A yearly investment of US$2.7 trillion in ecosystem health would reap an annual 400 million jobs and $10 trillion in returns through 2030, according to a new report from the World Economic Forum, prompting the study authors to urge policy-makers to make restoration of the devastated natural world a cornerstone of all pandemic recovery efforts.
“The report warns that when the world recovers from the coronavirus pandemic there can be no business-as-usual, with today’s destruction of the natural world threatening over half of global GDP,” writes The Guardian. A key message of the report from the WEF’s New Nature Economy project is that “a nature-first approach from business and political leaders will be a jobs-first solution.”
“There will be no jobs or prosperity on a dead planet,” said Unilever CEO and WEF partner Alan Jope. And such a threat looms large, warns the WEF: “We are reaching irreversible tipping points for nature and climate. If recovery efforts do not address the looming planetary crises, a critical window of opportunity to avoid their worst impact will be irreversibly lost.”
Critical to avoiding such a moment, say the report authors, will be a profoundly nature-oriented renovation of the three sectors most responsible for trashing the environment: food and land use, energy and mining, and infrastructure and building.
Acknowledging that such activity will lead to job losses for those working in business-as-usual industries, the report “urged governments to ensure people were retrained and that the transition to a green economy was fair to all,” adding that “$2.7 trillion of annual investment [will be] required to fund all the opportunities identified” in reorienting the world economy toward recovery and protection.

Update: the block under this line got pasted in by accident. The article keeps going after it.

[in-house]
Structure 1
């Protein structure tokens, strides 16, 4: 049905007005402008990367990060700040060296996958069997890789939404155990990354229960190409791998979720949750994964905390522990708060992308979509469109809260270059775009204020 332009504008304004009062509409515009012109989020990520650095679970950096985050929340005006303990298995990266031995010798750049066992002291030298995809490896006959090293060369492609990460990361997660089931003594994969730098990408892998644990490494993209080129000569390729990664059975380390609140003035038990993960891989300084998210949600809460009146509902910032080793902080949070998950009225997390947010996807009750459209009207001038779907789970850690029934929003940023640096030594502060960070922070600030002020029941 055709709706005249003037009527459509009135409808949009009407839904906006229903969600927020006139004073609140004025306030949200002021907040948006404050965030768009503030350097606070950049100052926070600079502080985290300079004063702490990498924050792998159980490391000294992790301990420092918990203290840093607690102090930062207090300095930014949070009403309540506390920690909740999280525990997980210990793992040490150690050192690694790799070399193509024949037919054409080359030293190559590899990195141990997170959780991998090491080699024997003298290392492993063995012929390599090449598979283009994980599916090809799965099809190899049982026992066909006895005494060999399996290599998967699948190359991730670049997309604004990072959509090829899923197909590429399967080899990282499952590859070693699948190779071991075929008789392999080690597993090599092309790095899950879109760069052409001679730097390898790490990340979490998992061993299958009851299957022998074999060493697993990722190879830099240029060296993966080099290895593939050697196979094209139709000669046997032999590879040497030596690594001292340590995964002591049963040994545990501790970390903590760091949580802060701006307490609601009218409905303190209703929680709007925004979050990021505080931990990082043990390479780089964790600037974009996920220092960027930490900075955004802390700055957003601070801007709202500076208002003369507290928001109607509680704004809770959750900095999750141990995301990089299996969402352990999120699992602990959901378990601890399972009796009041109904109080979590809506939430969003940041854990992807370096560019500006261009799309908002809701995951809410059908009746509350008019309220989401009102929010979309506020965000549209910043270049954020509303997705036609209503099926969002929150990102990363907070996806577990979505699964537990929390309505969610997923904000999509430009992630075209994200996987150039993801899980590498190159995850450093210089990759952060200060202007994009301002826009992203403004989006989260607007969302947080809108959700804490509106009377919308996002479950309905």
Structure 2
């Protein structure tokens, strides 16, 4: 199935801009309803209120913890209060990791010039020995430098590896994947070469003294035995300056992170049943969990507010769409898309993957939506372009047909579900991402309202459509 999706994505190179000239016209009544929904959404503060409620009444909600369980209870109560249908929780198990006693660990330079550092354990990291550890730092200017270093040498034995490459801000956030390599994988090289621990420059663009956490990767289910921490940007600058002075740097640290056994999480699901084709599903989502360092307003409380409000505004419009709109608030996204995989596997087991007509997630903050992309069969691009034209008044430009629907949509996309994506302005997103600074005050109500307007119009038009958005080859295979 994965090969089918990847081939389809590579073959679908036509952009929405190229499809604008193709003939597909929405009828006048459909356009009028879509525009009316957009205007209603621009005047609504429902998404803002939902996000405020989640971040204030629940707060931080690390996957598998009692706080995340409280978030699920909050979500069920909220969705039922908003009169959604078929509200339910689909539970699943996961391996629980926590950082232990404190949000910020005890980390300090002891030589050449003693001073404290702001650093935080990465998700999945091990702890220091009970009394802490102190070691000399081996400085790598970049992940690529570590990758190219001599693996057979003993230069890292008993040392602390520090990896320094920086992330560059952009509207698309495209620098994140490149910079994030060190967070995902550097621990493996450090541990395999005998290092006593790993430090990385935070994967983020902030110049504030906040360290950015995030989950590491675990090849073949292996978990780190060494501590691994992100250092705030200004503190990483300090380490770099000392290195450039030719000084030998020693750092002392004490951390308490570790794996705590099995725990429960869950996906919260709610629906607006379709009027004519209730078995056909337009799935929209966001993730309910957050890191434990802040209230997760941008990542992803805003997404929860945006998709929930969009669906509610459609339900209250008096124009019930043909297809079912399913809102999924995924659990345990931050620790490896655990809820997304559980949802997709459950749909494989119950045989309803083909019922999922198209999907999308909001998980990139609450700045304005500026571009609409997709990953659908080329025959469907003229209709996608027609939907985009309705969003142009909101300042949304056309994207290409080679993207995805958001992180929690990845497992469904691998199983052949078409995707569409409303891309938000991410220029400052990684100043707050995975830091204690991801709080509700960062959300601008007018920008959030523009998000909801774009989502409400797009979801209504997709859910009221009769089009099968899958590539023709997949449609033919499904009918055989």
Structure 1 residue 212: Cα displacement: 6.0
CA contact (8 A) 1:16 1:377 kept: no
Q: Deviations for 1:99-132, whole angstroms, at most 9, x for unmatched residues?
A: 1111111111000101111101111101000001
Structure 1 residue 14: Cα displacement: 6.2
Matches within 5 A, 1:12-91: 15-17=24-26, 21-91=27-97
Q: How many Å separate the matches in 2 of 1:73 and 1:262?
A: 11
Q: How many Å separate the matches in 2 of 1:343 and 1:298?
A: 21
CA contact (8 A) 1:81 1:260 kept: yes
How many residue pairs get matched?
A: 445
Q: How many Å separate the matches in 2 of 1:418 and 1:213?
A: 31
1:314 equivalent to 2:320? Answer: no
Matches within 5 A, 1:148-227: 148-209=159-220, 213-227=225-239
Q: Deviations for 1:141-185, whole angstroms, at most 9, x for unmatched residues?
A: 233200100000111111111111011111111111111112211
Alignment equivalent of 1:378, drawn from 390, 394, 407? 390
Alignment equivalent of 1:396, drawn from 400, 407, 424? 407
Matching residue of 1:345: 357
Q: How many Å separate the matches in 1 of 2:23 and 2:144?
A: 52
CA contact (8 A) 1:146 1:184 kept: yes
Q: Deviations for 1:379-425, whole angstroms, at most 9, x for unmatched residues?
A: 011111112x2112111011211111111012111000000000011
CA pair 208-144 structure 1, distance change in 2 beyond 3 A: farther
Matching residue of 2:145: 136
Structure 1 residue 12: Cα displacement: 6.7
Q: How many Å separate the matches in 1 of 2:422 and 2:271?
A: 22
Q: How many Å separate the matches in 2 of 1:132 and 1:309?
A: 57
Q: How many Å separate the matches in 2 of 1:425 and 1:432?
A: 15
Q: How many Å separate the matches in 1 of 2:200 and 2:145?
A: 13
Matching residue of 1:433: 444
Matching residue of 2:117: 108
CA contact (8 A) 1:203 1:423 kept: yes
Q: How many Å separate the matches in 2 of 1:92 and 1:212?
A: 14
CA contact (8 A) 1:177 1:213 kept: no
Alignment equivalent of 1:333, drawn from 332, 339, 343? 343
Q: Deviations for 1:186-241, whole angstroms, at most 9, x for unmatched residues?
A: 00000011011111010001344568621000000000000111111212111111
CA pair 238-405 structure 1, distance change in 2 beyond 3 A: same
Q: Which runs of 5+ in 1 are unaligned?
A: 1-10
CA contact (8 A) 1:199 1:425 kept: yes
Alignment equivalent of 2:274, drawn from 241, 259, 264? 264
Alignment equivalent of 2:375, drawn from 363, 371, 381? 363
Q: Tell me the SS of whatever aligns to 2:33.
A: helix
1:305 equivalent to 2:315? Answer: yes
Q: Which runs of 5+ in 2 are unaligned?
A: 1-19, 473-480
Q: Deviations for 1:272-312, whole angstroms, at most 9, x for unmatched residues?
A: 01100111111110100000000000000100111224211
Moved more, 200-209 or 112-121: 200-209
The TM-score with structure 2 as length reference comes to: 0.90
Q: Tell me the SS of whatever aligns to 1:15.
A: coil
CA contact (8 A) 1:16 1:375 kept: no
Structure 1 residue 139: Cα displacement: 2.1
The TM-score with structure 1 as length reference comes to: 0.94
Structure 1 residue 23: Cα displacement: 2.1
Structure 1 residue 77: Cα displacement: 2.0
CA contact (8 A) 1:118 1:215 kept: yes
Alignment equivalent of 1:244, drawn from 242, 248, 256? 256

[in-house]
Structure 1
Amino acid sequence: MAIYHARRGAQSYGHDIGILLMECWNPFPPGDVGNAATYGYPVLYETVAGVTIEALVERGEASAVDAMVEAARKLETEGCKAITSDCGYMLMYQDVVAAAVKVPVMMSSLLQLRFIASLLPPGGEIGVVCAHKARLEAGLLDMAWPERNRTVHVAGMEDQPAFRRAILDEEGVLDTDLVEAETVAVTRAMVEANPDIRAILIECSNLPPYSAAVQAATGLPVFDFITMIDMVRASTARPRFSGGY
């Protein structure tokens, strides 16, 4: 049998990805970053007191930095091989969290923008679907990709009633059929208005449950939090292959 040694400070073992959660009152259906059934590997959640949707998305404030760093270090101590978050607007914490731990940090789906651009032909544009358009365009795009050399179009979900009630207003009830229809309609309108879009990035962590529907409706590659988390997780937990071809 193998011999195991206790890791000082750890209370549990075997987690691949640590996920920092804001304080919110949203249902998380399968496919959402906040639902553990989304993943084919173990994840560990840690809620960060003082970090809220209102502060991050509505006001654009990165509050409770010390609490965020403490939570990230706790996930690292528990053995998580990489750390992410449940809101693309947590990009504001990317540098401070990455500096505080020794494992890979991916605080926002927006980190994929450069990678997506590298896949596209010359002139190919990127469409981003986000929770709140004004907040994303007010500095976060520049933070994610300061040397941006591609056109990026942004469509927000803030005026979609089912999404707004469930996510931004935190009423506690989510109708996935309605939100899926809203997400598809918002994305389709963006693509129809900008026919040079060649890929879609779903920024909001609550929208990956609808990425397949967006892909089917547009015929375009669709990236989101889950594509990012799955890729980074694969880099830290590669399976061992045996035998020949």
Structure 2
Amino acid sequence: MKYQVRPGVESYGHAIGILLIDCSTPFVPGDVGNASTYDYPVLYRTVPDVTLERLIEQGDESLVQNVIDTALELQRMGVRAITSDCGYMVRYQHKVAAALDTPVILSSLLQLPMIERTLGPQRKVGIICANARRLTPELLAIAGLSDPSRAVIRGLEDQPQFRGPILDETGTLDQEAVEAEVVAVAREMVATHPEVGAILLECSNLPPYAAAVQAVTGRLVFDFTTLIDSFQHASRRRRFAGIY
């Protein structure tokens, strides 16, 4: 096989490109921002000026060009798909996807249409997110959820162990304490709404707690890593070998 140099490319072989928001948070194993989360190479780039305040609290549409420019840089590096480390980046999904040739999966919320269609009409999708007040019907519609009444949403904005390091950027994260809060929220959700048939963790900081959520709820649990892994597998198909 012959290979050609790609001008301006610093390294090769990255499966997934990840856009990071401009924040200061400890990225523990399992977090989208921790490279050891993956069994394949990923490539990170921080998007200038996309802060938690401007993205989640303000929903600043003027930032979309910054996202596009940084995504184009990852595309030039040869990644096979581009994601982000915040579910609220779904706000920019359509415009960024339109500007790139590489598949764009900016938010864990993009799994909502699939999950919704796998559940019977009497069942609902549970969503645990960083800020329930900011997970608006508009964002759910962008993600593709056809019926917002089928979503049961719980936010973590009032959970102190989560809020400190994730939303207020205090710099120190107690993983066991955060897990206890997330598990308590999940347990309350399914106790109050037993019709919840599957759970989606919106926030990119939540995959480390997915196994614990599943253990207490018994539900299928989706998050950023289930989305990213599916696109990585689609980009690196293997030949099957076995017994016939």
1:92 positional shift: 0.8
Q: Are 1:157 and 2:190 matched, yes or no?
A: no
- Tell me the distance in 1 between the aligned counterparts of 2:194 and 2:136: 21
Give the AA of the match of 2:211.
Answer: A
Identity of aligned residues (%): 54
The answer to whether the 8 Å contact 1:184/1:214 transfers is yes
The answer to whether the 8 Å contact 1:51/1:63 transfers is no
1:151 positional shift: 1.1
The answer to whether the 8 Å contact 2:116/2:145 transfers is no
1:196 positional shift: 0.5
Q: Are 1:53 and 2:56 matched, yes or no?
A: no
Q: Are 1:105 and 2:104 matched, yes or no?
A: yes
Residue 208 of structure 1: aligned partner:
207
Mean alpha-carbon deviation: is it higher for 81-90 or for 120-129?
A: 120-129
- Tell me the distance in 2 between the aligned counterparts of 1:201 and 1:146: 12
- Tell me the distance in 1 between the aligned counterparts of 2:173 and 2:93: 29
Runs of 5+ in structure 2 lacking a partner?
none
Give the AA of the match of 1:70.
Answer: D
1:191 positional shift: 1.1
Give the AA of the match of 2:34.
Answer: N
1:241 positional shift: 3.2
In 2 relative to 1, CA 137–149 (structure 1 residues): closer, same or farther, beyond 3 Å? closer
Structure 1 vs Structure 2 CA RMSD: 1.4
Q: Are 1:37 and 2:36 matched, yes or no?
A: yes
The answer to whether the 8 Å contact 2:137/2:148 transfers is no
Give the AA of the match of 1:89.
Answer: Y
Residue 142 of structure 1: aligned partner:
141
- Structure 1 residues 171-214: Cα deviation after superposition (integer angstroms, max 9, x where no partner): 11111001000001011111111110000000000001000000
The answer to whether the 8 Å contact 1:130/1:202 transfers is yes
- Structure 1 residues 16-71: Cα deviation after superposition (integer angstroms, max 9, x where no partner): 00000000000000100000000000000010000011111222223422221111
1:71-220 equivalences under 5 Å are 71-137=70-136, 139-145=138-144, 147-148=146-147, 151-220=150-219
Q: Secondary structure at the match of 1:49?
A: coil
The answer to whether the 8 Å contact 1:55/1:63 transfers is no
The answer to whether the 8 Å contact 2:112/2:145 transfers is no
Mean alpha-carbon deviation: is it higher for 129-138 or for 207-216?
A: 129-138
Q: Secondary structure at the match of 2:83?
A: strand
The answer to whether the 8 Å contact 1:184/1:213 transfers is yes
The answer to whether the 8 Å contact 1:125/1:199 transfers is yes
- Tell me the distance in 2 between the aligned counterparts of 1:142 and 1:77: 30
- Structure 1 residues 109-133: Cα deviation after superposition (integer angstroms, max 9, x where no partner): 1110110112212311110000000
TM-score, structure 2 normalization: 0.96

That sum, The Guardian notes, is “similar to the stimulus package announced by the U.S. in March.”
Akanksha Khatri, head of WEF’s Nature Action Agenda, said such an ecology-centric recovery can, and must, be people-powered. “Nature can provide the jobs our economies need. There is nothing stopping businesses and governments from implementing these plans today, at scale, to re-employ millions.”
As the status quo paradigm continues to send good money after bad, ceasing subsidies of climate-trashing industrial agriculture—currently racking up to the tune of $2 billion per day—will be critical to ecological recovery. Redeploying those dollars would help fund such things as improved wild fish stock management, which “could boost catches and add 14 million jobs and $170 billion in value,” notes The Guardian.
In buildings and infrastructure, the WEF reports that “retrofitting to increase energy efficiency could save $825 billion by 2030,” adding that “the market for urban green roofs is already worth $9 billion and could grow rapidly.”